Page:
On Monday, the Business Roundtable announced that nearly 200 of its leaders had signed onto a statement that appears to reverse 30 years of evolution in corporate governance. No longer is the purpose of corporations “principally to serve their shareholders,” as the BRT has held since 1997. Now the purpose is to serve both investors and other stakeholders: employees, suppliers, community and environment.
The announcement from the BRT, which is chaired by JPMorgan Chase CEO Jamie Dimon, got the headlines it wanted. But what apparently none of the reporters covering the press release thought to ask was whether any executive compensation measures would change following the announcement.
It is hard to imagine that the 200 executives who signed onto the pledge did so with the expectation that their stock-based compensation and performance bonuses would disappear, or that they would soon have performance incentives relating to employee wellbeing or environmental goals.
The era of shareholder primacy might be dated to Milton Friedman’s 1970 essay, “The Social Responsibility of Business is to Increase its Profits.” As Friedman argued more pungently elsewhere:
Few trends could so thoroughly undermine the very foundations of our free society as the acceptance by corporate officials of a social responsibility other than to make as much money for their stockholders as possible. This is a fundamentally subversive doctrine.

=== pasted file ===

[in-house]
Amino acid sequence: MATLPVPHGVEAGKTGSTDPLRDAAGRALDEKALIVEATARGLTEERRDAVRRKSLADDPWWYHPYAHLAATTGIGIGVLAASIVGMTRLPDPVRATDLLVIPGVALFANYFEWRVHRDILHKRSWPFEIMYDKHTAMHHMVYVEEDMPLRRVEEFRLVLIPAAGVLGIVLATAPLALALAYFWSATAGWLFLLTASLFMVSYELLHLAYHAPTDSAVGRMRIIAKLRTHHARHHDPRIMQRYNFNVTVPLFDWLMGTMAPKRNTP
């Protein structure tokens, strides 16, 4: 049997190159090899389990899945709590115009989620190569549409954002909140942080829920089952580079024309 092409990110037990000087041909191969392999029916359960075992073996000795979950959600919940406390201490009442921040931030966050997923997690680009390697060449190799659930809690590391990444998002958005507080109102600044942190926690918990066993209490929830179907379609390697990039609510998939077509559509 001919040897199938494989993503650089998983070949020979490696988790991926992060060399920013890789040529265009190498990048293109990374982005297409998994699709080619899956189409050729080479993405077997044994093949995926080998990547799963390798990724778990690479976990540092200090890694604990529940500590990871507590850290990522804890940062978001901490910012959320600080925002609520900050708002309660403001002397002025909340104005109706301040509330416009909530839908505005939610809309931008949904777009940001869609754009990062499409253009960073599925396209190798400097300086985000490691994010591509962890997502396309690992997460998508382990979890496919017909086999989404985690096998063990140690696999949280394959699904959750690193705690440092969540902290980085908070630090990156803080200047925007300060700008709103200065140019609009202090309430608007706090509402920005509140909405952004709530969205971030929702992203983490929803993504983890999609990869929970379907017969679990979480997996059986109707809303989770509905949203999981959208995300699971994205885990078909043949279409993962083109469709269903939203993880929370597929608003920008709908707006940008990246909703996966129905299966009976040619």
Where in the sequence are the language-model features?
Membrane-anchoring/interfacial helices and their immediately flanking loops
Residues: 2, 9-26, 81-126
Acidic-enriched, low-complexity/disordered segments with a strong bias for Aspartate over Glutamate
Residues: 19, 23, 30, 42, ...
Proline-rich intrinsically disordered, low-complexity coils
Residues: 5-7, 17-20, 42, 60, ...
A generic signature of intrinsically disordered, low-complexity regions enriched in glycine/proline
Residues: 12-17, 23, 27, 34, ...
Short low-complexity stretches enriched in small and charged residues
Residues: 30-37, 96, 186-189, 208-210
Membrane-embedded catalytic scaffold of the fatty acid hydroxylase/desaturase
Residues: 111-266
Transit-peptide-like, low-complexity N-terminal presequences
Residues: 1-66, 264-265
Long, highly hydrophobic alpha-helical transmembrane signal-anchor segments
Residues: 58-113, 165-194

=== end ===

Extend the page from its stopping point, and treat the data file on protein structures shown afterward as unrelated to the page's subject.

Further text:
Friedman’s argument was largely rhetorical. The real economic justification for putting shareholders first came from economist Michael Jensen, who outlined the agency problems that exist between shareholder and manager and argued that corporate executives be increasingly compensated with stock awards, stock options, and bonuses based on financial performance.
The sine non qua of the shareholder primacy movement was equity-based compensation. In the 1970s, equity-based compensation was relatively rare, as were stock options. Their use accelerated from the 1980s through the 2000s. Though the composition of executive pay has continued to evolve, the equity component has remained paramount and in some measures increased. Between 2009 and 2018, the share of average executive pay taking the form of performance-based equity rose from 17 percent to 40 percent.
There is no indication in the BRT statement that these trends are set to reverse. The appearance, then, is of a business community becoming increasingly aware of the mounting public ire against its central operating principle and opting to head off the criticism via PR rather than actually changing how it operates.
In this the BRT seems to be following the lead of Larry Fink, head of BlackRock, who has in recent years devoted many words to changing corporate governance, though comparatively few actions (as one of the world’s largest shareholders, BlackRock actually has some leverage in these matters).
It is important and telling that the BRT saw fit to change its stated mandate. Public attitudes have evolved, as has the role of the corporation in society. But until there’s a corresponding shift in the incentives facing executives, it’s mostly PR.